Trump attacks Paris climate agreement, cites France protests

Trump attacks Paris climate agreement, cites France protests

France climate protest
People hold a sign reading "petrolexit" and take part in a march against climate change, in Paris, on Dec 8, 2018. (Photo: AFP/Jacques Demarthon)

WASHINGTON: US President Donald Trump on Saturday (Dec 8) once again attacked the Paris agreement on fighting climate change, citing ongoing protests in the French capital as proof that he was right to reject the pact.

His tweets came in the middle of UN climate talks in Poland, where nearly 200 nations have gathered to agree on a universal rulebook to make good on promises they signed up to in the 2015 Paris climate deal to cap global warming at well under two degrees Celsius (3.6 Fahrenheit).

"Very sad day & night in Paris," he said on Twitter, after demonstrators clashed with riot police in the French capital.

"Maybe it's time to end the ridiculous and extremely expensive Paris Agreement and return money back to the people in the form of lower taxes? The U.S. was way ahead of the curve on that and the only major country where emissions went down last year!"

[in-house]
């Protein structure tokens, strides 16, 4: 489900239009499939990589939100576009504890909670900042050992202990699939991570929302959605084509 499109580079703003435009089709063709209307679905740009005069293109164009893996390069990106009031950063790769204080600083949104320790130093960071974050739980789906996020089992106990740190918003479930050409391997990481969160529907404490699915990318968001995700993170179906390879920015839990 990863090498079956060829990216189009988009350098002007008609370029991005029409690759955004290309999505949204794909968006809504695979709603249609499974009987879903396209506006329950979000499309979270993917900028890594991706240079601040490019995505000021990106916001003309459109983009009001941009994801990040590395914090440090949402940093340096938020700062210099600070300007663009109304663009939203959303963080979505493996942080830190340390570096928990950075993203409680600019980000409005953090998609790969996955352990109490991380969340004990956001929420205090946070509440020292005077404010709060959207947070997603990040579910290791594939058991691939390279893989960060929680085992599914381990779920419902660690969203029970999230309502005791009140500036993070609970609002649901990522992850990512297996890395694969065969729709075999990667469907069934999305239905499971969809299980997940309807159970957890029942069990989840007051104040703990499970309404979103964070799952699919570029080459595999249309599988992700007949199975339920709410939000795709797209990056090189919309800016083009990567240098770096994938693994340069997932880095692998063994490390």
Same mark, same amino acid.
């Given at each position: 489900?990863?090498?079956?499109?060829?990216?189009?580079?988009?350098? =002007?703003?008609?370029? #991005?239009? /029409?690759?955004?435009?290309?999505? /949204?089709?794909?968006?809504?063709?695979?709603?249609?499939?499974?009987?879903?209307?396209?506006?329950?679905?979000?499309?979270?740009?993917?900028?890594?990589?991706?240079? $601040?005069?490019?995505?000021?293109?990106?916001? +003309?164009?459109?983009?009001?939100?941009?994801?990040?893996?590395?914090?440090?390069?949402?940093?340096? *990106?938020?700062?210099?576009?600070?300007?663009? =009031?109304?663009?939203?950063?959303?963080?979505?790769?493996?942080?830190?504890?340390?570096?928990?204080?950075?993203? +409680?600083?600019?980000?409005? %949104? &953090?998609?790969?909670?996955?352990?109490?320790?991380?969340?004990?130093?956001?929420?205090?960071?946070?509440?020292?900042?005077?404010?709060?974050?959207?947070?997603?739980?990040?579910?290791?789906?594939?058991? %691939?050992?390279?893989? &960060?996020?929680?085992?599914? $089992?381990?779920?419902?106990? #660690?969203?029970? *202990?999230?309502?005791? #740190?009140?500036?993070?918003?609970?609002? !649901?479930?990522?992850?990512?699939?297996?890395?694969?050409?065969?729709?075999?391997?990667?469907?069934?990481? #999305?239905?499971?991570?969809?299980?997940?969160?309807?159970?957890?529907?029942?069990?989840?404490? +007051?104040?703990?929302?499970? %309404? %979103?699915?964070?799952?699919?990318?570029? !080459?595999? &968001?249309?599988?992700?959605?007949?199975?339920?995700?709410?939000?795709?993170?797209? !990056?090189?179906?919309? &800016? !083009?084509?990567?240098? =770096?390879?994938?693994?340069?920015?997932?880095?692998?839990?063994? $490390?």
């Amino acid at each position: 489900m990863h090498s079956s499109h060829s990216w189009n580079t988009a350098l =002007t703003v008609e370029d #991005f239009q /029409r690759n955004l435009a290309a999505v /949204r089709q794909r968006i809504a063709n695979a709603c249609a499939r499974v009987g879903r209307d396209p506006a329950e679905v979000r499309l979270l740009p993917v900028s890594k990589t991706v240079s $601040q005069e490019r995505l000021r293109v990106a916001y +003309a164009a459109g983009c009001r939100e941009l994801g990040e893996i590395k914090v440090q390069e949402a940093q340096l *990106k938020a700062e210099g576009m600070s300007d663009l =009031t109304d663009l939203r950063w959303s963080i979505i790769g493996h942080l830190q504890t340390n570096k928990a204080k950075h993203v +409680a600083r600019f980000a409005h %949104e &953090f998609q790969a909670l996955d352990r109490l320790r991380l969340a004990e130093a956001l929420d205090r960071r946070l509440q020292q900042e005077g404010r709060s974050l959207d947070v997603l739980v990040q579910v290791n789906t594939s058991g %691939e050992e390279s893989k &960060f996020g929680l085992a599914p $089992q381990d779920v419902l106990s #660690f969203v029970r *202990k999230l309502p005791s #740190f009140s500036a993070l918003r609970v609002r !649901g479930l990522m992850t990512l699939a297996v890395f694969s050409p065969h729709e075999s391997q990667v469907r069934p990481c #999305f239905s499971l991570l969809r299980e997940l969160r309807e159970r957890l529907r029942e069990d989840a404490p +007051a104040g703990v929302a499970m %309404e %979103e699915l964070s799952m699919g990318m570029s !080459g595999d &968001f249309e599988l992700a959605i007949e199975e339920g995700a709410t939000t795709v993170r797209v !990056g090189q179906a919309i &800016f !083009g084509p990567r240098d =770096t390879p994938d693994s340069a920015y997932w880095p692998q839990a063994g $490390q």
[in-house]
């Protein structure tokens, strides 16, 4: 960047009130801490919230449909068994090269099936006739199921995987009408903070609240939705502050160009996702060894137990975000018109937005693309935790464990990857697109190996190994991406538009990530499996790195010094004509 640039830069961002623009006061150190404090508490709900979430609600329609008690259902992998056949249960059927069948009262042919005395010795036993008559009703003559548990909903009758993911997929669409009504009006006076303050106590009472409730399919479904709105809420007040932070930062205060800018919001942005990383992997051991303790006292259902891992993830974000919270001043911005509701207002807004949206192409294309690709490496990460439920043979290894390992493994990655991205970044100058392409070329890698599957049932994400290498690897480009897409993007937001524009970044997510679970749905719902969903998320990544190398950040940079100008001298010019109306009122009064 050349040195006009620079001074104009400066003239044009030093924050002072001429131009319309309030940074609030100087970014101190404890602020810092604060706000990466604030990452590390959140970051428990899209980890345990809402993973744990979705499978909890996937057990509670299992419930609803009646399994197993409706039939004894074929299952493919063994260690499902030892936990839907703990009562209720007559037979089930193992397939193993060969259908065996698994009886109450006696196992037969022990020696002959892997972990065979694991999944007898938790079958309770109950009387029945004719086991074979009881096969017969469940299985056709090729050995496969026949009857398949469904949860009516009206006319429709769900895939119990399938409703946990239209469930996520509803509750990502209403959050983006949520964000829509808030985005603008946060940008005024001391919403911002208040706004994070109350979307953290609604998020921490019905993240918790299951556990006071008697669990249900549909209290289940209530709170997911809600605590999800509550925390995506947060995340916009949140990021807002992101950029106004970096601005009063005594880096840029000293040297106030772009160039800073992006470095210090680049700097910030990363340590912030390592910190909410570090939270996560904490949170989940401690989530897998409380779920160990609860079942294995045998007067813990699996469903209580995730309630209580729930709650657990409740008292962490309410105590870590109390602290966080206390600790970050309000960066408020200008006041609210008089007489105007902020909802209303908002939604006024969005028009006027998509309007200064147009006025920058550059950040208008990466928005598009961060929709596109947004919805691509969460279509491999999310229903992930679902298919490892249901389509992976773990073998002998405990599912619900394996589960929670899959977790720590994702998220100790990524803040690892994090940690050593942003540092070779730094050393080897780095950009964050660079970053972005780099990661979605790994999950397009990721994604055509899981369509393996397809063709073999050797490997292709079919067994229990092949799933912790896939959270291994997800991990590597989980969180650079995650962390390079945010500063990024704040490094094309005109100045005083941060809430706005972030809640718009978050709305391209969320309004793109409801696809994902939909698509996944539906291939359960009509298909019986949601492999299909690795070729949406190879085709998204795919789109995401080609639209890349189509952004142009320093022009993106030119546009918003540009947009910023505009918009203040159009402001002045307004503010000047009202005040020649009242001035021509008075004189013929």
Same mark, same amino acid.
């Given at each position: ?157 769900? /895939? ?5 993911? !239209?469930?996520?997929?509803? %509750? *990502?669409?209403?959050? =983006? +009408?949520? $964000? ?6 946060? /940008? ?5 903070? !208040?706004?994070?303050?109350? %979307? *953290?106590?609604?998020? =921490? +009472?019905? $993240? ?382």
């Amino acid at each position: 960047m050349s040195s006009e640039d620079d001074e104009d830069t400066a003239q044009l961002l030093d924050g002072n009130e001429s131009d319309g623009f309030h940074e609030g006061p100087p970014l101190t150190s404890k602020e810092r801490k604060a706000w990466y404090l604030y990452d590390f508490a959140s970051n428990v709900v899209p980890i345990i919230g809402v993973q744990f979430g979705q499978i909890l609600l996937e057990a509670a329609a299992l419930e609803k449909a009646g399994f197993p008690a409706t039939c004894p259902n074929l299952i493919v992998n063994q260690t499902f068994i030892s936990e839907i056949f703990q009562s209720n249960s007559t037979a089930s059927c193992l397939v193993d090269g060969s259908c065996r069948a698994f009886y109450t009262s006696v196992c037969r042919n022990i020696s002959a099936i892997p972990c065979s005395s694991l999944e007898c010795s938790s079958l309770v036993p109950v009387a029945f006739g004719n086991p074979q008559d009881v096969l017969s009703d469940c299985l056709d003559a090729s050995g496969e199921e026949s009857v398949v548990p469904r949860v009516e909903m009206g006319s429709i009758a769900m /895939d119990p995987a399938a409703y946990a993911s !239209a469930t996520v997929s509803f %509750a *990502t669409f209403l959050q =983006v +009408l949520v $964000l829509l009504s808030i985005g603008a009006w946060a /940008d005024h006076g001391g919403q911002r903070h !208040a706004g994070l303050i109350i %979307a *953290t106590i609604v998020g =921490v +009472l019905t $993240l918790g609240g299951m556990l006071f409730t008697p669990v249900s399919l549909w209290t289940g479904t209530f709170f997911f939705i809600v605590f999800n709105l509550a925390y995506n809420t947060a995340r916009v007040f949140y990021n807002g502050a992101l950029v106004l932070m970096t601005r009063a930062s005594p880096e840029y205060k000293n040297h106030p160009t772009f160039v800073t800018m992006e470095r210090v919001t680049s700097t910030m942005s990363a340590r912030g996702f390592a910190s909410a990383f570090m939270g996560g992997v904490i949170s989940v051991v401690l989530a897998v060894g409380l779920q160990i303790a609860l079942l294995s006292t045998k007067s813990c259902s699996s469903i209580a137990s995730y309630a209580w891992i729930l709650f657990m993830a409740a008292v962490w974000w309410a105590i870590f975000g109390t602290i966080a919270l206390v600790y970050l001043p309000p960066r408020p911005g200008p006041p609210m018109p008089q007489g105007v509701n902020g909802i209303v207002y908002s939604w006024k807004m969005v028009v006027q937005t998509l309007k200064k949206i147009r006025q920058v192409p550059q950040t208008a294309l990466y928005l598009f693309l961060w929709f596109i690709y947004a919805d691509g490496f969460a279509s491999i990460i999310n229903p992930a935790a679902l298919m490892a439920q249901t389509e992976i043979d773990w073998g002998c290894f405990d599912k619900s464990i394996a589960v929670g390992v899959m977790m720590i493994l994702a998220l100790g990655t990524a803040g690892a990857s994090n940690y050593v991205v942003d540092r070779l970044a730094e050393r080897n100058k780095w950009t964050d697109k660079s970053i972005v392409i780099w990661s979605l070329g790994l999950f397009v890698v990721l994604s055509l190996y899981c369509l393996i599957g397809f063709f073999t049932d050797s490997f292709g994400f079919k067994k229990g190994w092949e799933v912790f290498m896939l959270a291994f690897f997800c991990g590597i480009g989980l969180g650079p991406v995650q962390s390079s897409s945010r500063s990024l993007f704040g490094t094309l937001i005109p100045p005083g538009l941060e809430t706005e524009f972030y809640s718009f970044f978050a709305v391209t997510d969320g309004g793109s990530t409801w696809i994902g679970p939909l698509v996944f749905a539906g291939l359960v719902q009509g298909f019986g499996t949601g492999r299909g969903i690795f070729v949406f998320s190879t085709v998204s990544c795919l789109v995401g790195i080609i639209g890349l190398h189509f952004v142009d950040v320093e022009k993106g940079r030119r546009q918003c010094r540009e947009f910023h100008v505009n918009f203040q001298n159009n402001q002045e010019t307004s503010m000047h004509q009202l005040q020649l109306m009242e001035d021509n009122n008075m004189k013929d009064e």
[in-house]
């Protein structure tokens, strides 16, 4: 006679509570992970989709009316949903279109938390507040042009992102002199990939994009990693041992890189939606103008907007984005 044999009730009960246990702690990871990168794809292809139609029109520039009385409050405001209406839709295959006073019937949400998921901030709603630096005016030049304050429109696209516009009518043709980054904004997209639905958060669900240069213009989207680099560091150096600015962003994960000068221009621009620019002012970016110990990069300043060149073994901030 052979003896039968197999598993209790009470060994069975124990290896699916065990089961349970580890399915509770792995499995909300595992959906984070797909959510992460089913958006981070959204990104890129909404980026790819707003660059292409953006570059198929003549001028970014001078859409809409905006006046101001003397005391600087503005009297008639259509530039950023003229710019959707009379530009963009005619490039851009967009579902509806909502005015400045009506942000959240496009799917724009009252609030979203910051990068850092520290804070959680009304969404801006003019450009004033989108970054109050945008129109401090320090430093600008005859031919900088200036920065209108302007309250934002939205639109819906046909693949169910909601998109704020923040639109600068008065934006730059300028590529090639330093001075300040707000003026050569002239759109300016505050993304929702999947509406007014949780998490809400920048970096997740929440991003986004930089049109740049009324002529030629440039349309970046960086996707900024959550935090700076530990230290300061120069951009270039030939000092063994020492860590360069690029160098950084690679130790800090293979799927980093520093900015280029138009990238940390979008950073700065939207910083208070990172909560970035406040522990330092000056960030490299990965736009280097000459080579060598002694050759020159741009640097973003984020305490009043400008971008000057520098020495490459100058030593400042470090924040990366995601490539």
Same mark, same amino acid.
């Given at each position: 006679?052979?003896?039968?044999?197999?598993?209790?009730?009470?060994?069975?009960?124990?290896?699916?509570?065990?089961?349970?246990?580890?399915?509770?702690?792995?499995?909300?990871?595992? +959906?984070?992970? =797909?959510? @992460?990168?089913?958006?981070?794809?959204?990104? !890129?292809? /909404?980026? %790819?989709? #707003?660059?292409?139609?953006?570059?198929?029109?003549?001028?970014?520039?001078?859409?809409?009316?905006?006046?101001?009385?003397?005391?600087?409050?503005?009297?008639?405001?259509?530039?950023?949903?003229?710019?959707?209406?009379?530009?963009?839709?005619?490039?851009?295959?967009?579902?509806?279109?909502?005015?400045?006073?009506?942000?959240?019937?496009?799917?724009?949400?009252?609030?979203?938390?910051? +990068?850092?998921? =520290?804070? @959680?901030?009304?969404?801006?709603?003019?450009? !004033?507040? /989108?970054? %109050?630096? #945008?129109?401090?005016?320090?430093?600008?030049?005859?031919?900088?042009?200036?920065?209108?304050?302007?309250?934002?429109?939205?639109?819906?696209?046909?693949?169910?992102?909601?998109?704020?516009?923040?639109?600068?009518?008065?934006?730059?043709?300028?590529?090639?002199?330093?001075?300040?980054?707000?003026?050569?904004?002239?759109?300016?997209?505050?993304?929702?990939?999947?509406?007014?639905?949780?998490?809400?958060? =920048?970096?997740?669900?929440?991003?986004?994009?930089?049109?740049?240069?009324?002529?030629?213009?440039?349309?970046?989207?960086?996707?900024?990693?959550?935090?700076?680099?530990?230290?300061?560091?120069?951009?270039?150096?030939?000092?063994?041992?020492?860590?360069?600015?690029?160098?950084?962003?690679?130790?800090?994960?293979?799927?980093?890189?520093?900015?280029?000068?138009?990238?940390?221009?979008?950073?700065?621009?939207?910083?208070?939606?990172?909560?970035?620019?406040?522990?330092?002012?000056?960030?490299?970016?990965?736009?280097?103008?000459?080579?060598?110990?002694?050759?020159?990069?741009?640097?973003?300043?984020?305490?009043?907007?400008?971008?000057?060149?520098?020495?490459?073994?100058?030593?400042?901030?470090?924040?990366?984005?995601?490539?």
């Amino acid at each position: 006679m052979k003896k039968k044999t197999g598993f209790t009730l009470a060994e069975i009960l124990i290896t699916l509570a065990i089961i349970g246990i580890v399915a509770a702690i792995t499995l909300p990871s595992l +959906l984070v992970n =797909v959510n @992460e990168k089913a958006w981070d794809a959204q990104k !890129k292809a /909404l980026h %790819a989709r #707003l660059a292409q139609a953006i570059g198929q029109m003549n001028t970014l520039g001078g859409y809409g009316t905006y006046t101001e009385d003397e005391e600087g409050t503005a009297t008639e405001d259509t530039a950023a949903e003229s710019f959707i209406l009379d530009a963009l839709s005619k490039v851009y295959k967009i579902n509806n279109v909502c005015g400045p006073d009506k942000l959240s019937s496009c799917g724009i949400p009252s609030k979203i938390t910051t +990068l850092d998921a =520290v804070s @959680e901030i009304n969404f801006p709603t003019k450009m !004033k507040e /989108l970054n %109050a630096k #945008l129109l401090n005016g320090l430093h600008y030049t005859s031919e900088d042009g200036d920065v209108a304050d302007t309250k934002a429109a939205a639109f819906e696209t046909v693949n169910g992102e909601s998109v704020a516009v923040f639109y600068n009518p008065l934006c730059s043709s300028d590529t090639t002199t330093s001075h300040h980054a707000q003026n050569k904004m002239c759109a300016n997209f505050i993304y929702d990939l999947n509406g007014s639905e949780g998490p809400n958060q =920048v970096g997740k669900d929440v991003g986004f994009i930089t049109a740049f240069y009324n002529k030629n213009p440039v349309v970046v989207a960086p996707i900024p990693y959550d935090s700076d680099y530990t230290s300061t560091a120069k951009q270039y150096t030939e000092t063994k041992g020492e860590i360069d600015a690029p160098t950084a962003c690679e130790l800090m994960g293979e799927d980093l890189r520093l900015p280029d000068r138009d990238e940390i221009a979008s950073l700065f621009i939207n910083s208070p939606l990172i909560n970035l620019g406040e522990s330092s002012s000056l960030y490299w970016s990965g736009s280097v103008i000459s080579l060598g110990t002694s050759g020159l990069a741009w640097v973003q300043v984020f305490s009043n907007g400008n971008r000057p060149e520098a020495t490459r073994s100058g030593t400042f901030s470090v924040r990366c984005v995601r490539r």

Trump's comments were not the first time he had used the "yellow vest" protests - which began on Nov 17 with road blockades against fuel prices but have since ballooned into a mass movement against French President Emmanuel Macron - to criticise the climate deal.

On Tuesday, he called the Paris agreement "fatally flawed" and said Macron's decision to suspend the fuel tax hikes vindicated his decision to dump the climate deal.

Trump has long said he distrusts the consensus by nearly all the world's respected climate scientists on the link between human activity and rising temperatures, as well as other damaging climate change phenomena.

Since becoming president in January 2017, he has pulled the United States out of the Paris Agreement and torn up a raft of environmental protection laws, saying the US economy needs the boost.

Last month, Trump said he didn't believe the central warning in his own government's National Climate Assessment, which said there will be hundreds of billions of dollars in losses by the end of the century due to climate change "without substantial and sustained global mitigation."

The UN's independent panel of climate experts in October issued its starkest findings yet: emissions from fossil fuels must be slashed by half within 12 years in order to hit the Paris goals of limited temperature rises.

Air pollution alone is now estimated to kill as many as nine million people every year.

"The Paris Agreement isn't working out so well for Paris. Protests and riots all over France," Trump said earlier on Saturday.

"People do not want to pay large sums of money, much to third world countries (that are questionably run), in order to maybe protect the environment.

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